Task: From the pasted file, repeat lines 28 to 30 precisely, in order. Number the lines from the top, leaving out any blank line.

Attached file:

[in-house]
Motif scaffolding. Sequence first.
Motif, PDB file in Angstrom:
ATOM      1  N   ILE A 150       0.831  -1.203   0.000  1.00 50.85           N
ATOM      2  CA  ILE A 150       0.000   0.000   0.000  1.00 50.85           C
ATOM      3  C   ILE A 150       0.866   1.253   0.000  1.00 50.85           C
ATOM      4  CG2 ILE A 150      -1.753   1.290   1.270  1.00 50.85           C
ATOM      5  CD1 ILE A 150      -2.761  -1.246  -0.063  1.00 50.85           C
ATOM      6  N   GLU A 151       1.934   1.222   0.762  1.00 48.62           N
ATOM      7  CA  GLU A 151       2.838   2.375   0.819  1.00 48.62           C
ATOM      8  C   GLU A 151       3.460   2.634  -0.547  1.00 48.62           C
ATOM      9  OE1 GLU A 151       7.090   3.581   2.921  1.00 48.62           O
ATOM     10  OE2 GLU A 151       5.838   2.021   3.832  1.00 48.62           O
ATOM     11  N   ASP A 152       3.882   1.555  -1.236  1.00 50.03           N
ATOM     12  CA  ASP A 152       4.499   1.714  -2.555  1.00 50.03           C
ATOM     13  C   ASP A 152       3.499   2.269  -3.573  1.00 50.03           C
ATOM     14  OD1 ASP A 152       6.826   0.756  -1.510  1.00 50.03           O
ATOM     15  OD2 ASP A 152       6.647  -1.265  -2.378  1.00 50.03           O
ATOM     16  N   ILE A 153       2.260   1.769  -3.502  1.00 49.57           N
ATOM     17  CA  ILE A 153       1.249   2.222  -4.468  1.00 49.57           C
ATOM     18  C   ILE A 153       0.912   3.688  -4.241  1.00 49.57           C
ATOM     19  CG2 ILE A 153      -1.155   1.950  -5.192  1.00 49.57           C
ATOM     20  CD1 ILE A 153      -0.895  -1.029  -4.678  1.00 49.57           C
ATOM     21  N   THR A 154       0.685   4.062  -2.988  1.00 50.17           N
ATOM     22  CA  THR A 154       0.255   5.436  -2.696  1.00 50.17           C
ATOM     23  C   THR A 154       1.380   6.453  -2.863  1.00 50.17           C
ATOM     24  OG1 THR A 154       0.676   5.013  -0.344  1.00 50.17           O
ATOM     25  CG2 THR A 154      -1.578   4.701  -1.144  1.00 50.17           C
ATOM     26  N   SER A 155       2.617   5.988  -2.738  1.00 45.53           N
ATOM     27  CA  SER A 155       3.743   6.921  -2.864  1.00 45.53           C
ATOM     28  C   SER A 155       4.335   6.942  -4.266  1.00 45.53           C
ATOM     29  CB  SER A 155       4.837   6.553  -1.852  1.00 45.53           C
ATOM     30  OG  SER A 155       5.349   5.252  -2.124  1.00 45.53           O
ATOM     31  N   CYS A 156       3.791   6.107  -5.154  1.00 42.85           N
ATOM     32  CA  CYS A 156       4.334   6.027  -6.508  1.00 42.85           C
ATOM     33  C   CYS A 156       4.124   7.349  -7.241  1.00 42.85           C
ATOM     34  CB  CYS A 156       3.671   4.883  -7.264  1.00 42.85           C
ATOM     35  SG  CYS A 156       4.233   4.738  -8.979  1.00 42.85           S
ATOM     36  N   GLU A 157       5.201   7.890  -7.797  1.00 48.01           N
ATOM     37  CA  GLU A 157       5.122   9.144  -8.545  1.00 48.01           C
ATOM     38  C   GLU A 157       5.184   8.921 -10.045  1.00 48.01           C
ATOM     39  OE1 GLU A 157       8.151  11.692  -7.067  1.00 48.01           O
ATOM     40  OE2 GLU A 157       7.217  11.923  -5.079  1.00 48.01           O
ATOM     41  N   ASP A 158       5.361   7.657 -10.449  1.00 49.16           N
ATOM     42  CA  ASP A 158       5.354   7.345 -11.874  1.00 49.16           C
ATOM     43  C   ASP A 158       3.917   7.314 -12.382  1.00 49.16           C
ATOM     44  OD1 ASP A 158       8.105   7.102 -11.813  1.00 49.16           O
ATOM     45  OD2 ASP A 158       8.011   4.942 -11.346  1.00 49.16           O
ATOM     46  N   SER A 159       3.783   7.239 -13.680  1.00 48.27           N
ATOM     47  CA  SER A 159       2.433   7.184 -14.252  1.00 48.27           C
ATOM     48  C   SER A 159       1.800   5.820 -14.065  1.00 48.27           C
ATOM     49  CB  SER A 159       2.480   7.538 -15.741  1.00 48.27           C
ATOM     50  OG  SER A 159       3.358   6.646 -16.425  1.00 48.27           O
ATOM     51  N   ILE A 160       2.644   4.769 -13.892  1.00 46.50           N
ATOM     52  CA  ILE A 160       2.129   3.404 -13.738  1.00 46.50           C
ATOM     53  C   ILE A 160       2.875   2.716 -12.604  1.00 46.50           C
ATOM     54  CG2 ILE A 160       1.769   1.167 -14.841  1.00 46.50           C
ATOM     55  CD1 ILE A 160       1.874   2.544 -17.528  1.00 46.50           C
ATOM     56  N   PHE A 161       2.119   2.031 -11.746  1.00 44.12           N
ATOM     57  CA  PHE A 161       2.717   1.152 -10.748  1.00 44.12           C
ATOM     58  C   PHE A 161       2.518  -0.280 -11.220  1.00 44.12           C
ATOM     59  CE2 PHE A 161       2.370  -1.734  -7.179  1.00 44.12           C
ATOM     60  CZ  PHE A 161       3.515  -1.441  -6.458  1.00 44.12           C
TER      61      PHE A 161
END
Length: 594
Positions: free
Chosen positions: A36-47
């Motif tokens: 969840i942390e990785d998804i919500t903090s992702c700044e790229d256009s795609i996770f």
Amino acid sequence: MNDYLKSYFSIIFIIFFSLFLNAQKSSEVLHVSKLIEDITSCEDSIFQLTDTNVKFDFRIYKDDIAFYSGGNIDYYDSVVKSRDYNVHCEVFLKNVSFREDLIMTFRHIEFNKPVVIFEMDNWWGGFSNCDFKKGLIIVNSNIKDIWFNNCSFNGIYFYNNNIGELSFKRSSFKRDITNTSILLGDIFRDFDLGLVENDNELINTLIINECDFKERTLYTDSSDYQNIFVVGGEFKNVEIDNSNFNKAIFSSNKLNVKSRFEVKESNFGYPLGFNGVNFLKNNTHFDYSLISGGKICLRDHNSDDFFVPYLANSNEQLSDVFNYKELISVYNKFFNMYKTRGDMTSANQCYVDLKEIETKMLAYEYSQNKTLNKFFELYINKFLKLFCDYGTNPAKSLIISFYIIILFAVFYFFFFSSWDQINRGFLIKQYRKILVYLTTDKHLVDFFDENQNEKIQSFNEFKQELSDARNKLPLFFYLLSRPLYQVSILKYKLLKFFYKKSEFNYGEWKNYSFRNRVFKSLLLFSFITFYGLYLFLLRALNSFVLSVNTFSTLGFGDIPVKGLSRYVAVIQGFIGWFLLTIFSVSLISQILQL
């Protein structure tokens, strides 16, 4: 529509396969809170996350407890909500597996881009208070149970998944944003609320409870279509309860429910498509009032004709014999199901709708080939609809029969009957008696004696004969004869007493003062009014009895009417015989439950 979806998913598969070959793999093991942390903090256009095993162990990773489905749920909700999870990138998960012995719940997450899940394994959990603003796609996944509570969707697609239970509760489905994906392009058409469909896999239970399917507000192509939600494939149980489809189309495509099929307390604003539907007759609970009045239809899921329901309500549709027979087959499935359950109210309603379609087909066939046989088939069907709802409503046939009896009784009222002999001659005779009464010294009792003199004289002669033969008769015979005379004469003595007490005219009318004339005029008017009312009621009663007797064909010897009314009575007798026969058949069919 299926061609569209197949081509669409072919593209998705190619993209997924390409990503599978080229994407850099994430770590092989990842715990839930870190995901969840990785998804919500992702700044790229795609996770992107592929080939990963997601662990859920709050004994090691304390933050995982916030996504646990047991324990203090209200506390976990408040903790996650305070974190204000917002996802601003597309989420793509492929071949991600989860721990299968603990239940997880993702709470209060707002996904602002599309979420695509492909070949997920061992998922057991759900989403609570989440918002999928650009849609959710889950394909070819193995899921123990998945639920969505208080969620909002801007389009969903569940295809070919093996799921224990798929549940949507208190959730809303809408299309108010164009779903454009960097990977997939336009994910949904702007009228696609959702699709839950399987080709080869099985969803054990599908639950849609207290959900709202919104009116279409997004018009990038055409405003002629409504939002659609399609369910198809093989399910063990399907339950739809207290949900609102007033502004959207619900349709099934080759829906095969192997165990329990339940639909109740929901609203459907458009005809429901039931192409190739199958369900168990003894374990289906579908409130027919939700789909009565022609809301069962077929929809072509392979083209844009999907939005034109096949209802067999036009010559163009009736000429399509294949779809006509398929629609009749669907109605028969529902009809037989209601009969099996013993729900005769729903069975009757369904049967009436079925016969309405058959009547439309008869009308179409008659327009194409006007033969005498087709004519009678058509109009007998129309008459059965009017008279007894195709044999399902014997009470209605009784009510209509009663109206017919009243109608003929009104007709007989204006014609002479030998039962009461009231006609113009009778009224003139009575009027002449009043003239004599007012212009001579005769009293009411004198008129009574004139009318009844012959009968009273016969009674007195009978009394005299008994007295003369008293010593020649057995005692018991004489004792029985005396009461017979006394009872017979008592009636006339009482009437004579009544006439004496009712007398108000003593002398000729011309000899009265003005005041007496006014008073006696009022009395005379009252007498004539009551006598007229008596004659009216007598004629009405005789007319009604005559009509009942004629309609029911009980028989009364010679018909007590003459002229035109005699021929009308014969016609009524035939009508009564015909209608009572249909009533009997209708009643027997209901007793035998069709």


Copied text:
ATOM     25  CG2 THR A 154      -1.578   4.701  -1.144  1.00 50.17           C
ATOM     26  N   SER A 155       2.617   5.988  -2.738  1.00 45.53           N
ATOM     27  CA  SER A 155       3.743   6.921  -2.864  1.00 45.53           C